Wednesday, December 30, 2015

Perchta and the History of Oliebollen


It's the night before New Year's Eve and Willie Wilde's best friend, Alexander Teixeira de Mattos (Tex) comes to call on him at Lady Jane's house. A Dutchman, Tex brings with him a basket full of pastries and, knowing how much Lady Jane loves folktales, a story! This might, or might not, have happened, but is the pretext I'm using to write about olibollen.

Oliebollen are a traditional Dutch food eaten at New Year's. The name literally translates to "oil balls" and they were the inspiration for the American invention of the donut. I was always made to understand that these treats are so fattening that it would be bad for you to eat them more than once a year, but the history of Oliebollen and the story Tex would have told Lady Jane are the real New Year's treat.

Imagine, Willie, Lady Jane, and Tex sit around the fire. Lady Jane's servant, Mrs Faithful brings them a warm plate of oliebollen and three cups of whiskey and eggnog. Willie and Lady Jane get powdered sugar on their faces and clothes, as they take their first bites of this doughy pastry with bits of apple, raisins, and dried cranberries, and Tex tells them about Perchta.
Family portrait: Perchta, Krampus Jr., Krampus, and Angel.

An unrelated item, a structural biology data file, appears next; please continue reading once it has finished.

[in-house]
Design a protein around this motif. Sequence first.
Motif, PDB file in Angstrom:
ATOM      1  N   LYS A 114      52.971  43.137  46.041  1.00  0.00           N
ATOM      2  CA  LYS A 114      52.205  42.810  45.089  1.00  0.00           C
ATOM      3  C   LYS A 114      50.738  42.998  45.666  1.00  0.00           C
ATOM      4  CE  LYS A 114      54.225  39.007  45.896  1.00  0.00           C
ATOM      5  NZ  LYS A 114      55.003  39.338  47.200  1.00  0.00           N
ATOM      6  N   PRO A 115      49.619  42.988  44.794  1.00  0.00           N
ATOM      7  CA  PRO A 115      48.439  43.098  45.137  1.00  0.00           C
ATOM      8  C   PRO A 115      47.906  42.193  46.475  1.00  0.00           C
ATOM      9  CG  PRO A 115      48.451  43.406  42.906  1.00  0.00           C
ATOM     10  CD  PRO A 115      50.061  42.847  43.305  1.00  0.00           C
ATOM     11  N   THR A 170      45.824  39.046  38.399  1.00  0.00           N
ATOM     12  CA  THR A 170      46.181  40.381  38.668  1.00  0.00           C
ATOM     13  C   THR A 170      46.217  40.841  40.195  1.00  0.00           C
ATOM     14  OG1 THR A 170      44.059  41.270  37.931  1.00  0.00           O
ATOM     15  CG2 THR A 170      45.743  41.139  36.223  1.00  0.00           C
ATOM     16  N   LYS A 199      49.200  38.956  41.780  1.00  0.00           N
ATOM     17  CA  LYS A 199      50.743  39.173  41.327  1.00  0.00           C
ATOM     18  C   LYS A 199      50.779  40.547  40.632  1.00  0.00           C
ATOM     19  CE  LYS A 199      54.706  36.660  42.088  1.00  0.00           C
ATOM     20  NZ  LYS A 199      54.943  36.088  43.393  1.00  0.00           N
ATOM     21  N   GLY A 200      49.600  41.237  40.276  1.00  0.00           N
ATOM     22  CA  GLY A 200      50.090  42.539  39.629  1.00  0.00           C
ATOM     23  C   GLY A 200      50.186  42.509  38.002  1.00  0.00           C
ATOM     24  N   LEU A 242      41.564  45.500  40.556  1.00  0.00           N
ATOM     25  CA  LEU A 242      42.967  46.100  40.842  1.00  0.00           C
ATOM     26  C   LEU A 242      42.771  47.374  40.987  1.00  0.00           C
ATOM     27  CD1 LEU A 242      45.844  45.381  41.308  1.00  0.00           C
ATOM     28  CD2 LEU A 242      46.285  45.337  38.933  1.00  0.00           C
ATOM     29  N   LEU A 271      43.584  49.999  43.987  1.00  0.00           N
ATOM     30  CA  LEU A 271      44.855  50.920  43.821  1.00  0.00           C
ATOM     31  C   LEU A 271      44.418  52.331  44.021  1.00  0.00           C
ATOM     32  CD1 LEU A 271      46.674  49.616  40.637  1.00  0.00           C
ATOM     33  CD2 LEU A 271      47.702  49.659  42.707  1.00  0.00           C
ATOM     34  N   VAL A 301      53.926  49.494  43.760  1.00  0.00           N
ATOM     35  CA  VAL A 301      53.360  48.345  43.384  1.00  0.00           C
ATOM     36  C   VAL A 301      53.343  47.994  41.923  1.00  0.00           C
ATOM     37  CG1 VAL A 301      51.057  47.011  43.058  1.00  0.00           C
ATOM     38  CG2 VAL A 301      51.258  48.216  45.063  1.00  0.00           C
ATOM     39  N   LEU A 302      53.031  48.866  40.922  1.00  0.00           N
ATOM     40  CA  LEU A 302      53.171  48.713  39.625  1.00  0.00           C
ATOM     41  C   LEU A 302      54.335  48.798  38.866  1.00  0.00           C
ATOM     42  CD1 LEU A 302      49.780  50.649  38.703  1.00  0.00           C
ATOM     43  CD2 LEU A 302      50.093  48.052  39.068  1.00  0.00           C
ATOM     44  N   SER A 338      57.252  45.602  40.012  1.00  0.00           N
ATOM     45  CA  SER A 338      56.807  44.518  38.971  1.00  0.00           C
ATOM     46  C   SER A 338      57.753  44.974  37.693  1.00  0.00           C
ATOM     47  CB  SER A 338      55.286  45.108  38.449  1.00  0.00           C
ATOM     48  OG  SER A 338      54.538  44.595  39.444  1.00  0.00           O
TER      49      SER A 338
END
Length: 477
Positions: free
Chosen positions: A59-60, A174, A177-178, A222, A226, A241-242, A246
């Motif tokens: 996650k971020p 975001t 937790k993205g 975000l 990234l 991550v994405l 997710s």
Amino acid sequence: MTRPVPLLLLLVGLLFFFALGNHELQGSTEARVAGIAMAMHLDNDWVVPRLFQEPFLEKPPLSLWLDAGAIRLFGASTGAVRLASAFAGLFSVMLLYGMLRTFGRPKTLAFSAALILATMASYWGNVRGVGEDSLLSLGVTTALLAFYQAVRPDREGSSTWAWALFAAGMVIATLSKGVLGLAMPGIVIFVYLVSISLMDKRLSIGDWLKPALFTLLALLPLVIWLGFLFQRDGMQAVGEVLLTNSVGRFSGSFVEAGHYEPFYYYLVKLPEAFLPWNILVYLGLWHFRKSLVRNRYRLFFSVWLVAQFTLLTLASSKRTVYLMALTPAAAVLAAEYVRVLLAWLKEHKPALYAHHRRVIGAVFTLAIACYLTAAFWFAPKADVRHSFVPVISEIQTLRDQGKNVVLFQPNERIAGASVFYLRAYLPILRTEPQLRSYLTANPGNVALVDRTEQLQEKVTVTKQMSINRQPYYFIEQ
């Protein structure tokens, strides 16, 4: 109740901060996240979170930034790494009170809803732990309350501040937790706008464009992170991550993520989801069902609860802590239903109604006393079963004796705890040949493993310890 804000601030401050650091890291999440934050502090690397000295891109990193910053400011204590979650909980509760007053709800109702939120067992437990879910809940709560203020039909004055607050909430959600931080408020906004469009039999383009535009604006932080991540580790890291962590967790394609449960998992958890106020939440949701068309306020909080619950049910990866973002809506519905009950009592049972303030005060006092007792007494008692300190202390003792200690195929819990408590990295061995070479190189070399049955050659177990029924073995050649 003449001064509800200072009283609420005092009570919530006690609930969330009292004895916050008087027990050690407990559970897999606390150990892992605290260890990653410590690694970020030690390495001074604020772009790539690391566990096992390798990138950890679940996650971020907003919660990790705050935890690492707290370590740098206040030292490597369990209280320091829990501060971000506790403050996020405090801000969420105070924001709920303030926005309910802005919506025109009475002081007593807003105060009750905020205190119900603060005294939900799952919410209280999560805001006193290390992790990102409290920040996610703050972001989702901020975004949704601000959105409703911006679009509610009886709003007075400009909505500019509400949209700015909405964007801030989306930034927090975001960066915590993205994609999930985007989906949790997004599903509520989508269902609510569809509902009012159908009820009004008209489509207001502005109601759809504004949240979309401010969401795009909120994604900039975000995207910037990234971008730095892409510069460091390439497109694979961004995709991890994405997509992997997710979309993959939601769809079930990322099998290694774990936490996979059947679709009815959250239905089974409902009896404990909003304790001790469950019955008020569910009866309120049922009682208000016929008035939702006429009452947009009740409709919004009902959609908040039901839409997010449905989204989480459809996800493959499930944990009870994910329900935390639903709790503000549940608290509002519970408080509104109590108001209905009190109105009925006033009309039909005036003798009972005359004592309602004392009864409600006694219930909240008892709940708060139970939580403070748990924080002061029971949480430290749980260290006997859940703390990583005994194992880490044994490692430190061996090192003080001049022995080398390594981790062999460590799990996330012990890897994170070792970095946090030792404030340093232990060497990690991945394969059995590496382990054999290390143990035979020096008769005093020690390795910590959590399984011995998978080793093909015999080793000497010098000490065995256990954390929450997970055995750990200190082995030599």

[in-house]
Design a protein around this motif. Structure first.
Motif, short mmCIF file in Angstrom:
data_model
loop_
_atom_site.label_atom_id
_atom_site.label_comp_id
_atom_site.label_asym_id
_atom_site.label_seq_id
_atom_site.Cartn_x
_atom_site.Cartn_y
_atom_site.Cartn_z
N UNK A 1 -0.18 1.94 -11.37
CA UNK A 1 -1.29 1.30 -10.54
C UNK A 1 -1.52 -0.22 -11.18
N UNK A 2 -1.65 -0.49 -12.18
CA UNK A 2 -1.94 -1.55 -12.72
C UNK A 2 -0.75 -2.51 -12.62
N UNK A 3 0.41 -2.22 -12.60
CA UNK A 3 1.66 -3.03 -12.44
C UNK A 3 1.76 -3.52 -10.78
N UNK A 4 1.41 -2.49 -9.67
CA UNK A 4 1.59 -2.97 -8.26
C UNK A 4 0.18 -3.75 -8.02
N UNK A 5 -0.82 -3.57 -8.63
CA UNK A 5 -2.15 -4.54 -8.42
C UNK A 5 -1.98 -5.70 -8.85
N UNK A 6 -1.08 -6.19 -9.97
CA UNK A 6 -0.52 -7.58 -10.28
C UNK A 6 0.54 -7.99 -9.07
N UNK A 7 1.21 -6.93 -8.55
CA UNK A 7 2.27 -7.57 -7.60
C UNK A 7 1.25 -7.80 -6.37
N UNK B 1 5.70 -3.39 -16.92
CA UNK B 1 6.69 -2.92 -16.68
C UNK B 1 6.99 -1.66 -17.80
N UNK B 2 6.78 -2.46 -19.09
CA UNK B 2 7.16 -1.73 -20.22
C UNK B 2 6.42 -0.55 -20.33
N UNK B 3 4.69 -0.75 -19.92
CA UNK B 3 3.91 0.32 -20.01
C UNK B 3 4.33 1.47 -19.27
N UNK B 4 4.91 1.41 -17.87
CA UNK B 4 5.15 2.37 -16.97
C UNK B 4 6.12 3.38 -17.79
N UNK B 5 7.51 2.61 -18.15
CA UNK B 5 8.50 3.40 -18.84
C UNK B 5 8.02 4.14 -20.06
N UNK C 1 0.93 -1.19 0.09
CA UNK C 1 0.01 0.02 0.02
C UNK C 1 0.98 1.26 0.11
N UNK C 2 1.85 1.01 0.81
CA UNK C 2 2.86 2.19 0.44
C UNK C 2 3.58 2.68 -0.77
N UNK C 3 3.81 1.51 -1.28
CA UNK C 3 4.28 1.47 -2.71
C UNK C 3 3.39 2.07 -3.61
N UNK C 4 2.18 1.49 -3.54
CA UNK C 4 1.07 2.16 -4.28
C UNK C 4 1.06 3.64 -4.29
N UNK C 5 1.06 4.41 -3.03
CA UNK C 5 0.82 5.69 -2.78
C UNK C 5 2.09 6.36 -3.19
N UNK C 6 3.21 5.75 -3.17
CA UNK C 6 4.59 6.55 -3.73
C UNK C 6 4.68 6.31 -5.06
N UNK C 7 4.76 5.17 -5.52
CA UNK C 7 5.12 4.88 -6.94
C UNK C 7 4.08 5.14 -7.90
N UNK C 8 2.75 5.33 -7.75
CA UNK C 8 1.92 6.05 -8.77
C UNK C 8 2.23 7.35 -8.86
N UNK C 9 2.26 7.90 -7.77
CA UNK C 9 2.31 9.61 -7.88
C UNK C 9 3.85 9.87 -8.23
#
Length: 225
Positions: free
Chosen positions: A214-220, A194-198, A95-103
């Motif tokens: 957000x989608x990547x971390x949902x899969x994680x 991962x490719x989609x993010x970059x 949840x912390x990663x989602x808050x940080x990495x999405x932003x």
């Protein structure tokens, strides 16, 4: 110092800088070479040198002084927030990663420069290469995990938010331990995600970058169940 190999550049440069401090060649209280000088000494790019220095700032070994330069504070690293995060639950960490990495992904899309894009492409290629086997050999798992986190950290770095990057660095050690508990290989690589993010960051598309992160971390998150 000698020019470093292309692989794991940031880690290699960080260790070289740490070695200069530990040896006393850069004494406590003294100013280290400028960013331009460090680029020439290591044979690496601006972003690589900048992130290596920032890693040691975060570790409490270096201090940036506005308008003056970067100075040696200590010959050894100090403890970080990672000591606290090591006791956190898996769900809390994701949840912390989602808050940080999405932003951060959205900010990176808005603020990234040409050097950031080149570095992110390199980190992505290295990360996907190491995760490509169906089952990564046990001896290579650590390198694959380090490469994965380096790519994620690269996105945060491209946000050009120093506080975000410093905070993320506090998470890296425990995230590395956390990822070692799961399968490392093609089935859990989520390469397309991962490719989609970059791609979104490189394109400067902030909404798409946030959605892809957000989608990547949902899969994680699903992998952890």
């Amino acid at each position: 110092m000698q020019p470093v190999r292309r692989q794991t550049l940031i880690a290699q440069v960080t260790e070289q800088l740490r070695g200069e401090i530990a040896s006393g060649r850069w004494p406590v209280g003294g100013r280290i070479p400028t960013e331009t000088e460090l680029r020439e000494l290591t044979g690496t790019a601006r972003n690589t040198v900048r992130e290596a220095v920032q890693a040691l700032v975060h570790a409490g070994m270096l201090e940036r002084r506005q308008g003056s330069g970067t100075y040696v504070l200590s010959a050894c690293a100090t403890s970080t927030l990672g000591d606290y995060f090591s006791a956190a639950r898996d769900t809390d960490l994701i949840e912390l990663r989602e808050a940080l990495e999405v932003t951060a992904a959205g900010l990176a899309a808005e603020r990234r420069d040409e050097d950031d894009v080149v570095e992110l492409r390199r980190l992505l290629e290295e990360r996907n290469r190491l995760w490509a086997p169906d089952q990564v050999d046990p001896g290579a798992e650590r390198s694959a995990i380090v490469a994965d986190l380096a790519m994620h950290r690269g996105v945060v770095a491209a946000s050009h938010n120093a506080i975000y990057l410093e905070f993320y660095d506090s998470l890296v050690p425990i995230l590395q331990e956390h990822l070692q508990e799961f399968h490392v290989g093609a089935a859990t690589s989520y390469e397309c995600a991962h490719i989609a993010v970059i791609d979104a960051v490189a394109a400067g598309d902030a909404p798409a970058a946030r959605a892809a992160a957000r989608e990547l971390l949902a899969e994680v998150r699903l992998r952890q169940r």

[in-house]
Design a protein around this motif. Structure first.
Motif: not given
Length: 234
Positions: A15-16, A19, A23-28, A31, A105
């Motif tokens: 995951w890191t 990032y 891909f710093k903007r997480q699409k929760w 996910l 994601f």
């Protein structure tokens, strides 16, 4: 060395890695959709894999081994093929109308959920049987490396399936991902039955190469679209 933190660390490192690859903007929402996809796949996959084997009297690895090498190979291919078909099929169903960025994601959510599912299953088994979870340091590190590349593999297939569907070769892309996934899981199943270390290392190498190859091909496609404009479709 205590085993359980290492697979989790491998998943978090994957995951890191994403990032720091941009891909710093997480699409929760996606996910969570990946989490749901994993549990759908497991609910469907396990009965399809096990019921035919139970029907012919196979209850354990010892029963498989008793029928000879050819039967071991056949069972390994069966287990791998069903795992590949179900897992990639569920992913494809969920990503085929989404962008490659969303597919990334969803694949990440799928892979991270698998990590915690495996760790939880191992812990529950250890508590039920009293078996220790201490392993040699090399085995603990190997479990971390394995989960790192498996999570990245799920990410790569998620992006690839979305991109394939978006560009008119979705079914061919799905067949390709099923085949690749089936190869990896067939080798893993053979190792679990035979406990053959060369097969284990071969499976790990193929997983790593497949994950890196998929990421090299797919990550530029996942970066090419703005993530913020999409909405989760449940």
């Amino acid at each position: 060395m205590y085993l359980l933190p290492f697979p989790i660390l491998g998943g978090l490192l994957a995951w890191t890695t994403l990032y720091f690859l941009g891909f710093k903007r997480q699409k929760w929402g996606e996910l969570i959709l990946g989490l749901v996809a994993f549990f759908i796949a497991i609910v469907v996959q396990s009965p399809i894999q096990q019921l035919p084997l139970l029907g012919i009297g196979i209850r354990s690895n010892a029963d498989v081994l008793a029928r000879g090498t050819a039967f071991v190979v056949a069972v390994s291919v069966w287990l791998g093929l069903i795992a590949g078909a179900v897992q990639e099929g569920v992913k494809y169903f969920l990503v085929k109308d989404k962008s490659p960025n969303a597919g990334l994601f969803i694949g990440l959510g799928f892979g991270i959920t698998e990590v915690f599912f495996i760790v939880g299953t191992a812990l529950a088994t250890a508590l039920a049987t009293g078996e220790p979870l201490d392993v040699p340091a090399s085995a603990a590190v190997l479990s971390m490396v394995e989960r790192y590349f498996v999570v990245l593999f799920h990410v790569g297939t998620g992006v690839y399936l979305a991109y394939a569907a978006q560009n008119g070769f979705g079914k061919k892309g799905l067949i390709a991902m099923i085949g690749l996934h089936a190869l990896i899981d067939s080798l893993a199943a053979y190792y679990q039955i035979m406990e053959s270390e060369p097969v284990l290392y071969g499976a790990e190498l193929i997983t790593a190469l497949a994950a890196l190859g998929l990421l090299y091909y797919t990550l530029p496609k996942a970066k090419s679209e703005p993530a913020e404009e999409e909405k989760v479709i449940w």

James Mundie (2012).
"Perchta – Derived from an early Germanic word meaning “bright or “glorious”. Perchta is famed for her dual nature. Her grim aspect is known as “Perchta the Belly Slitter”. Perchta is alternately described as kind or violent, as a monstrous hag or a willowy maiden" - source.
Perchta is a pagan witch, or Germanic goddess (depending on your point of view), who plays the role of guardian of the beasts, during the twelve days of Christmas. At Yuletide, Perchta flew around the Netherlands with evil spirits looking for food and would cut open the belly of anyone she came across to steal their food. However, if you had been eating oliebollen, the fat in the dough made it so that her sword would slide of your belly.

Young woman with a cooking pot filled with
oliebollen (Aelbert Cuyp, ca. 1652)
While records indicate that the Dutch have been eating oliebollen since medieval times, the first recipe appears in "De verstandige kock" (1667). At that time, they were still oliekoecken (oily cookies); it wasn't until the 1890s that the word oliebollen became the more popular term, appearing in an 1896 Dutch dictionary.

Everywhere in the world that I have travelled, Dutch people serve oliebollen to their friends on New Year's Eve, so I'm pretty sure that Tex would have had some for the Wildes in London in the 1890s.

Have a safe and Happy New Year!

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